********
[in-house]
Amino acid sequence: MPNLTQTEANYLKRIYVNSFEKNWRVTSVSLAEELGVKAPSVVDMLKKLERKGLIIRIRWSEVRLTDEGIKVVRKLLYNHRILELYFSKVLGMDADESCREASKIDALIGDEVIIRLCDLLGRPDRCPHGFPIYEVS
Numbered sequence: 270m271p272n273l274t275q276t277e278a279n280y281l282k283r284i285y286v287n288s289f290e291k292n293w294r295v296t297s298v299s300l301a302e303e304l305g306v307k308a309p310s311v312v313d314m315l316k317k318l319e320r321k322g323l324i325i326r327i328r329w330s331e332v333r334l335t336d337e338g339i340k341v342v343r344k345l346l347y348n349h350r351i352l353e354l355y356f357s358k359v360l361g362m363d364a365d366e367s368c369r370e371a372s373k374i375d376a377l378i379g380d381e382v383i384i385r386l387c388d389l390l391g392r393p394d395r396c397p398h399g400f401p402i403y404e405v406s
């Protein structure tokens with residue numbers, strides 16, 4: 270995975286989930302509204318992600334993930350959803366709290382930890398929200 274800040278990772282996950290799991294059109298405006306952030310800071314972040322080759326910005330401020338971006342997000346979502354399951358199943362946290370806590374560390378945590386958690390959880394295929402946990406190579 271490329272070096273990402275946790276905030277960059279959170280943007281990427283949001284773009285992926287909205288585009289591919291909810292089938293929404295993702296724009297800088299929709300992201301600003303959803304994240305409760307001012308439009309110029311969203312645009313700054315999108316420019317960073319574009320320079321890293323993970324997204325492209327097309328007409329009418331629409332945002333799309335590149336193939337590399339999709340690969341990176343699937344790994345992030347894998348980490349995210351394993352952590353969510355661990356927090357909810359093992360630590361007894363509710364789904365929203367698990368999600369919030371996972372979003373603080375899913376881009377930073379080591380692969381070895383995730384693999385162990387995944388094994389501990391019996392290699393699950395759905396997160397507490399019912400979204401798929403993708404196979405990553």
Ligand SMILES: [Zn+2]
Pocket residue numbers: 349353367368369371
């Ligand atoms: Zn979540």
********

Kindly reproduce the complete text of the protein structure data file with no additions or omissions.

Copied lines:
[in-house]
Amino acid sequence: MPNLTQTEANYLKRIYVNSFEKNWRVTSVSLAEELGVKAPSVVDMLKKLERKGLIIRIRWSEVRLTDEGIKVVRKLLYNHRILELYFSKVLGMDADESCREASKIDALIGDEVIIRLCDLLGRPDRCPHGFPIYEVS
Numbered sequence: 270m271p272n273l274t275q276t277e278a279n280y281l282k283r284i285y286v287n288s289f290e291k292n293w294r295v296t297s298v299s300l301a302e303e304l305g306v307k308a309p310s311v312v313d314m315l316k317k318l319e320r321k322g323l324i325i326r327i328r329w330s331e332v333r334l335t336d337e338g339i340k341v342v343r344k345l346l347y348n349h350r351i352l353e354l355y356f357s358k359v360l361g362m363d364a365d366e367s368c369r370e371a372s373k374i375d376a377l378i379g380d381e382v383i384i385r386l387c388d389l390l391g392r393p394d395r396c397p398h399g400f401p402i403y404e405v406s
């Protein structure tokens with residue numbers, strides 16, 4: 270995975286989930302509204318992600334993930350959803366709290382930890398929200 274800040278990772282996950290799991294059109298405006306952030310800071314972040322080759326910005330401020338971006342997000346979502354399951358199943362946290370806590374560390378945590386958690390959880394295929402946990406190579 271490329272070096273990402275946790276905030277960059279959170280943007281990427283949001284773009285992926287909205288585009289591919291909810292089938293929404295993702296724009297800088299929709300992201301600003303959803304994240305409760307001012308439009309110029311969203312645009313700054315999108316420019317960073319574009320320079321890293323993970324997204325492209327097309328007409329009418331629409332945002333799309335590149336193939337590399339999709340690969341990176343699937344790994345992030347894998348980490349995210351394993352952590353969510355661990356927090357909810359093992360630590361007894363509710364789904365929203367698990368999600369919030371996972372979003373603080375899913376881009377930073379080591380692969381070895383995730384693999385162990387995944388094994389501990391019996392290699393699950395759905396997160397507490399019912400979204401798929403993708404196979405990553």
Ligand SMILES: [Zn+2]
Pocket residue numbers: 349353367368369371
């Ligand atoms: Zn979540």